The University has rejected a proposal to introduce a ‘Fit to Sit’ policy for examinations, following consultation with students and staff. In November, the Student council passed a motion, which declared that NUSU will actively oppose any and all attempts to implement the policy.
The report from the Taught Programmes Sub-Commitee praised NUSU’s official response to the consultation for making “a particularly cogent and detailed case against” ‘Fit to Sit’.
Back in November, Student Council passed a motion with overwhelming support, which declared that NUSU would actively oppose any and all attempts to implement ‘Fit to Sit’.
A similar policy will remain in place for students studying medicine and dentistry in accordance with the requirements of their respective professional bodies. However, members of the University Learning, Teaching and Student Experience Committee endorsed the recommendation of the Taught Programmes Sub-Committee not to extend the policy to other programmes.
Luke Allison, Welfare and Equality Officer, said: “I am thrilled that the University has decided not to pursue further ‘Fit to Sit’ policies. The Students’ Union response, compiling feedback from Student Council, Mind the Gap, Student Advice Centre and other students played a huge part in this decision and highlights that the representative structure does work and that the University does listen to student opinion.”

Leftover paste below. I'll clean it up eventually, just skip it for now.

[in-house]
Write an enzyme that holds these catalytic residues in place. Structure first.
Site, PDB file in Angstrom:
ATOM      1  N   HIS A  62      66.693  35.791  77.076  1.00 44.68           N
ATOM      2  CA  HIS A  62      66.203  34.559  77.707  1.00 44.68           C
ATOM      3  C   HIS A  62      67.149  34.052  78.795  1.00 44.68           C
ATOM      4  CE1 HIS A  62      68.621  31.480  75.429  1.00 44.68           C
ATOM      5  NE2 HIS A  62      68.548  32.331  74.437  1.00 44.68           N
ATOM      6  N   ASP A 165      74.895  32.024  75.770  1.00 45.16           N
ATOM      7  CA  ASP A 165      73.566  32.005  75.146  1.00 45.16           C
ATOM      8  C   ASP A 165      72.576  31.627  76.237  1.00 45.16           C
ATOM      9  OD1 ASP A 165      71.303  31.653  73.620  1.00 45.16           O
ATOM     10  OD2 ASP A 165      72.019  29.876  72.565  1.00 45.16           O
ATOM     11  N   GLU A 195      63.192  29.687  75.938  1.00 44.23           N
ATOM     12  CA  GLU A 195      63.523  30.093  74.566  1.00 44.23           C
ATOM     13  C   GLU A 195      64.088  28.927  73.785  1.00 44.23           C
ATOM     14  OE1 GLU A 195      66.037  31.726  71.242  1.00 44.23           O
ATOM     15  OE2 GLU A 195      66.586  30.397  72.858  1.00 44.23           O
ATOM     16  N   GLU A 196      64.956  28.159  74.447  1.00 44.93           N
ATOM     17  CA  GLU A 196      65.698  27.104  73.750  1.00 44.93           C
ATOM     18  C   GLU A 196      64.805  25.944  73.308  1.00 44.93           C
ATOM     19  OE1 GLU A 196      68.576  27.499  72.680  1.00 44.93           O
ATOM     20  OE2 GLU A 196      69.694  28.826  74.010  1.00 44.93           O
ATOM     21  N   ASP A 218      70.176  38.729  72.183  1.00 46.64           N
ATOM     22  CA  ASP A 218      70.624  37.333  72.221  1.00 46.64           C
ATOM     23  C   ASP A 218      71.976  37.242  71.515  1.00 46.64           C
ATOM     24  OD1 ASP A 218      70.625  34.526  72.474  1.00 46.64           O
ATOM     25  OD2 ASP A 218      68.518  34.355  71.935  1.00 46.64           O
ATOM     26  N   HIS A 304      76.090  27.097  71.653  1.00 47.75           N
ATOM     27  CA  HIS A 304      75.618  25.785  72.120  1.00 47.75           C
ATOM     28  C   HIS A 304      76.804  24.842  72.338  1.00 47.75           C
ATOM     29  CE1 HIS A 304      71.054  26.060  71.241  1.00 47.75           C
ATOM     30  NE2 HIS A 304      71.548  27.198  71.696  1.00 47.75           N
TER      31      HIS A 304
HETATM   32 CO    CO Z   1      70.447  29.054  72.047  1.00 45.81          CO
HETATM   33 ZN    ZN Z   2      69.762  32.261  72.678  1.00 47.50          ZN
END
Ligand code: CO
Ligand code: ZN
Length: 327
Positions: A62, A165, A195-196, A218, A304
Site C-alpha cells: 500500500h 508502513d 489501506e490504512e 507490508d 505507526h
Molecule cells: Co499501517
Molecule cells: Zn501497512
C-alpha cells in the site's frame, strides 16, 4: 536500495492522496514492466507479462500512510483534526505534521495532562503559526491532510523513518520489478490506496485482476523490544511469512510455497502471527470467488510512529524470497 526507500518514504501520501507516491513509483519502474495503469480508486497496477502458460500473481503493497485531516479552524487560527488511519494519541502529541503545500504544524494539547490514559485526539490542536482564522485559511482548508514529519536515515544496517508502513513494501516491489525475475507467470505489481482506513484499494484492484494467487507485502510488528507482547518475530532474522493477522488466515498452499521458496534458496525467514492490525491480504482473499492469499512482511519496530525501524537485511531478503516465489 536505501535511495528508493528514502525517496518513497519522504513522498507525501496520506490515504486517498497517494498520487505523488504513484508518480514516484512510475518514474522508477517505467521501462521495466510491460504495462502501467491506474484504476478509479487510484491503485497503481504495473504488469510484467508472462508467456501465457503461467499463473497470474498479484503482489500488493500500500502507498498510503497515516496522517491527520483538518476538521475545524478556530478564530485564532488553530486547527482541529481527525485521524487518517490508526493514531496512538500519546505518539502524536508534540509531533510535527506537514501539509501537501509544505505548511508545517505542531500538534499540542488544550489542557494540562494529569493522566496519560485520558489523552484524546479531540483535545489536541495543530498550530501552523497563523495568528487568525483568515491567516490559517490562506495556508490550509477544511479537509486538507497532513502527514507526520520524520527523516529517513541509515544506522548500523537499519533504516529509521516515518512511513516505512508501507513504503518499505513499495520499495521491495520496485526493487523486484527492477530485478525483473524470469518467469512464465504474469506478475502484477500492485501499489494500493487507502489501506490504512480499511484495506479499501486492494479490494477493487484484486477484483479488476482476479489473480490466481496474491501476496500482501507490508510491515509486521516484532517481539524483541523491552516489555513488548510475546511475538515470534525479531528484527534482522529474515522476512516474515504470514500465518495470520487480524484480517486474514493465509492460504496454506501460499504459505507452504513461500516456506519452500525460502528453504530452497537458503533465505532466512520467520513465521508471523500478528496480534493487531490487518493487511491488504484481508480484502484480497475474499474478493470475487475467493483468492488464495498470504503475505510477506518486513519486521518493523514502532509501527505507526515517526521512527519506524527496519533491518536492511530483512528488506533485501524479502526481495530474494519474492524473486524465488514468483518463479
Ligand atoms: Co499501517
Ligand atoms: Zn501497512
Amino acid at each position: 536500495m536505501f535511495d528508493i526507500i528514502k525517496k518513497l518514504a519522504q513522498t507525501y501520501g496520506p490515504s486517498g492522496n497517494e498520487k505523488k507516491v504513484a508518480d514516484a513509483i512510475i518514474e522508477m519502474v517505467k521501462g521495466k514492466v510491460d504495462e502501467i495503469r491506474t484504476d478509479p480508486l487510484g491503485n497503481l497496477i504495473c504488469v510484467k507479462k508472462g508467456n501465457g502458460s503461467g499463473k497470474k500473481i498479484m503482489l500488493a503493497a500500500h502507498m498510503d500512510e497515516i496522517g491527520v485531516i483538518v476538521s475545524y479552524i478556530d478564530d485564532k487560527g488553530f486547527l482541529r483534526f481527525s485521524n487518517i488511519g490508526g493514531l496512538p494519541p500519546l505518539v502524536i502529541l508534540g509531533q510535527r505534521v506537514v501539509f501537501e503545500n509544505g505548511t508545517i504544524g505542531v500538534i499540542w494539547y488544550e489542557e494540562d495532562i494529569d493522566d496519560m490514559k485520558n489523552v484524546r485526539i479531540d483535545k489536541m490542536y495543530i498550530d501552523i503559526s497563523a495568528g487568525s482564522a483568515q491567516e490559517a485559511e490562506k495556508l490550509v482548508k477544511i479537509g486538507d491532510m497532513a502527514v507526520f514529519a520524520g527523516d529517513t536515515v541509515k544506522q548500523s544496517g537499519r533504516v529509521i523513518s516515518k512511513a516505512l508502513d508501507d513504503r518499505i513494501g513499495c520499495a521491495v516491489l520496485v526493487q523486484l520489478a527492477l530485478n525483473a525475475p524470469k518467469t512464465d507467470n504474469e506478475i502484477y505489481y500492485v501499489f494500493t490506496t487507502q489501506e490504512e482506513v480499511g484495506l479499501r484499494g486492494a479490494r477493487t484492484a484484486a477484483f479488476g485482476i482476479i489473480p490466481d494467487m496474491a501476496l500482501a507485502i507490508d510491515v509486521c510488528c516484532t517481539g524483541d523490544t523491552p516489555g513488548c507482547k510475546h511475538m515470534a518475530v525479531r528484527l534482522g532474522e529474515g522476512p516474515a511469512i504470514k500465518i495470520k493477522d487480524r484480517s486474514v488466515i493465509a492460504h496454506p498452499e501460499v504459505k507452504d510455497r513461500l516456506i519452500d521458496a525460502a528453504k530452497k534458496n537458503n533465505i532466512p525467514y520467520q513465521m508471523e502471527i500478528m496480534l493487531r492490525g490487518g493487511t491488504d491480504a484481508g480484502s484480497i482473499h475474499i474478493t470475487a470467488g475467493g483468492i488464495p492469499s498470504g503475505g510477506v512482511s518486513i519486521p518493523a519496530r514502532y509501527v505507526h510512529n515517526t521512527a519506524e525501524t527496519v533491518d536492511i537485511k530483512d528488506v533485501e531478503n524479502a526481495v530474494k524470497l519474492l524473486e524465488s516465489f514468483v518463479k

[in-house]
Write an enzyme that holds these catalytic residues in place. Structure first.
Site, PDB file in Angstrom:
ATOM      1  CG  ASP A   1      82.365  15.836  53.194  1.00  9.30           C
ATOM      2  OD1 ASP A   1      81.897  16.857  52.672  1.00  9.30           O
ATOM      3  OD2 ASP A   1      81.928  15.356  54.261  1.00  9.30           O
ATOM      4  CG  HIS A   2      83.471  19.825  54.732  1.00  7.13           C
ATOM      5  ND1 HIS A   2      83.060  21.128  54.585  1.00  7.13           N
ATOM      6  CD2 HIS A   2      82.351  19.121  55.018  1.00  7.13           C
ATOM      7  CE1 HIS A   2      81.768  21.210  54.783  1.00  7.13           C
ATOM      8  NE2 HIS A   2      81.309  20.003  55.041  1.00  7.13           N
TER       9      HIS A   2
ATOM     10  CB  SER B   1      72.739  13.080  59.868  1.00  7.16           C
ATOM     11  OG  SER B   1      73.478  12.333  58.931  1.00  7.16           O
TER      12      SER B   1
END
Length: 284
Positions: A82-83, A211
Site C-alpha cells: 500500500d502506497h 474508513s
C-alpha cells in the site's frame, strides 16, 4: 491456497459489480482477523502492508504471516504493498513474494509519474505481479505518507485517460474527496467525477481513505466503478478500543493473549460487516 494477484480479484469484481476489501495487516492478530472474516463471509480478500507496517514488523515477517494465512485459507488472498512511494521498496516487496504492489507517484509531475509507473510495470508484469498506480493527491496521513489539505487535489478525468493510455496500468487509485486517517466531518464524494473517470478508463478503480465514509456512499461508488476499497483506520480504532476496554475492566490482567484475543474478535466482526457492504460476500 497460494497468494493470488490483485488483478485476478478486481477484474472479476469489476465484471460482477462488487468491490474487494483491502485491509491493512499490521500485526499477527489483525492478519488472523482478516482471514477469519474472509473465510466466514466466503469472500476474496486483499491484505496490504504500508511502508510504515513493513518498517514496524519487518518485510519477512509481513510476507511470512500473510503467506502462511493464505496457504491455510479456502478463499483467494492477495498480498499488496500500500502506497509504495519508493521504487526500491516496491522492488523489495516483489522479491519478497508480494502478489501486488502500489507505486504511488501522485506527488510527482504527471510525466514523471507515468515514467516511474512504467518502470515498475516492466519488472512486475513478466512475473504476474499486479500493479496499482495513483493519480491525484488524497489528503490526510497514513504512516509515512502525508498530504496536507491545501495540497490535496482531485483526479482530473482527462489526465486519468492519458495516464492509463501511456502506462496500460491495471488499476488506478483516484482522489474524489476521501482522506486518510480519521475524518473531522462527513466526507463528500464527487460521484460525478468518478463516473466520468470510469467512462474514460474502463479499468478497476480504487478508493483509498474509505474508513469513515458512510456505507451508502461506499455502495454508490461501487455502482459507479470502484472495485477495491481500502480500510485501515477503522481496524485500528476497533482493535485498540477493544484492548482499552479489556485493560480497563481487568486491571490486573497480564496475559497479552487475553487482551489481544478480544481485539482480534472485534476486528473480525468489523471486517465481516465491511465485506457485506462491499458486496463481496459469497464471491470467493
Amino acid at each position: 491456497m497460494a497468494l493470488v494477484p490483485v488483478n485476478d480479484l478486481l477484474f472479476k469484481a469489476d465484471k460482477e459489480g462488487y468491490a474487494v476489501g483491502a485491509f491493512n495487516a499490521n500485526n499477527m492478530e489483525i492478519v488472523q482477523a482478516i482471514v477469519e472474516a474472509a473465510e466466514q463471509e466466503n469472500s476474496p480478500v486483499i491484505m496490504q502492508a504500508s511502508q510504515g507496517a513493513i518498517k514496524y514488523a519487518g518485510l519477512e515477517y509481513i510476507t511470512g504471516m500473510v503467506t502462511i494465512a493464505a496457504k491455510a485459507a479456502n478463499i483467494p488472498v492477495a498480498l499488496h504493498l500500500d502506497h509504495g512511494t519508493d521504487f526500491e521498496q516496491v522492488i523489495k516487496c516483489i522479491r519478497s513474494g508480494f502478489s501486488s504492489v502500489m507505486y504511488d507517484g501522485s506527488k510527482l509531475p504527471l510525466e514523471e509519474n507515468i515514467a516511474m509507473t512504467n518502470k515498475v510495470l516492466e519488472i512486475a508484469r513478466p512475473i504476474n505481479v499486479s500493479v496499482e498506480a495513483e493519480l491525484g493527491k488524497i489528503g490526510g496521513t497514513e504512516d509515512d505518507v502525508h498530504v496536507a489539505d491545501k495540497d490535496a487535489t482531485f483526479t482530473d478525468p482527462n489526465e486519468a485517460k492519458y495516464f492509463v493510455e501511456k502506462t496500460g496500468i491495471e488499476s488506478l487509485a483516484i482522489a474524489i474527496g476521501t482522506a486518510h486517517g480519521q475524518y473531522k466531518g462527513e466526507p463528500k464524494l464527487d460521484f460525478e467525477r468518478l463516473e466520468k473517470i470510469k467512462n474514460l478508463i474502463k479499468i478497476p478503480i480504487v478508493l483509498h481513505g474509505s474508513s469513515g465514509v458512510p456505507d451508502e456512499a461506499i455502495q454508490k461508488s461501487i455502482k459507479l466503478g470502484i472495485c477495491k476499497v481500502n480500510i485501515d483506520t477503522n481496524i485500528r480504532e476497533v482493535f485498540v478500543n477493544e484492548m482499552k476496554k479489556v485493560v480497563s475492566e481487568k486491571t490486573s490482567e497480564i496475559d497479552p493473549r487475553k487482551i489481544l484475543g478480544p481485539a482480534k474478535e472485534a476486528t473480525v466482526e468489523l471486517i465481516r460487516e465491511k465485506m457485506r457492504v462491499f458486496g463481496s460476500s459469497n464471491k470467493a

‘Fit to Sit’ aimed to establish that all students, who sit one of their exams, will be deemed fit to take it – therefore, submitting a PEC (Personal Extenuating Circumstances) form after the exam, even if they feel they have underperformed, would have been impossible.
The University initiated an open conversation with students last term and staff about the policy and welcomed any and all comments regarding its possible implementation.
“I am extremely pleased with this decision,” Matt Price, NUSU’s Edication Officer told The Courier. “The fact that the University invited NUSU to be a part of this consultation once again demonstrates the positive relationship between us and the University, which allows the student voice to have a real impact. I’d also like to take this opportunity to thank everyone who helped us with our response for their hard work, particularly Mind the Gap, the Student Advice Centre and all the students and staff who got in touch to lend their support!”
The policy has been introduced in 19% of UK universities. Staff from Coventry, Nottingham Trent and Southampton Solent have reported a decrease to staff workload, however issues with student and staff awareness when introducing it initially.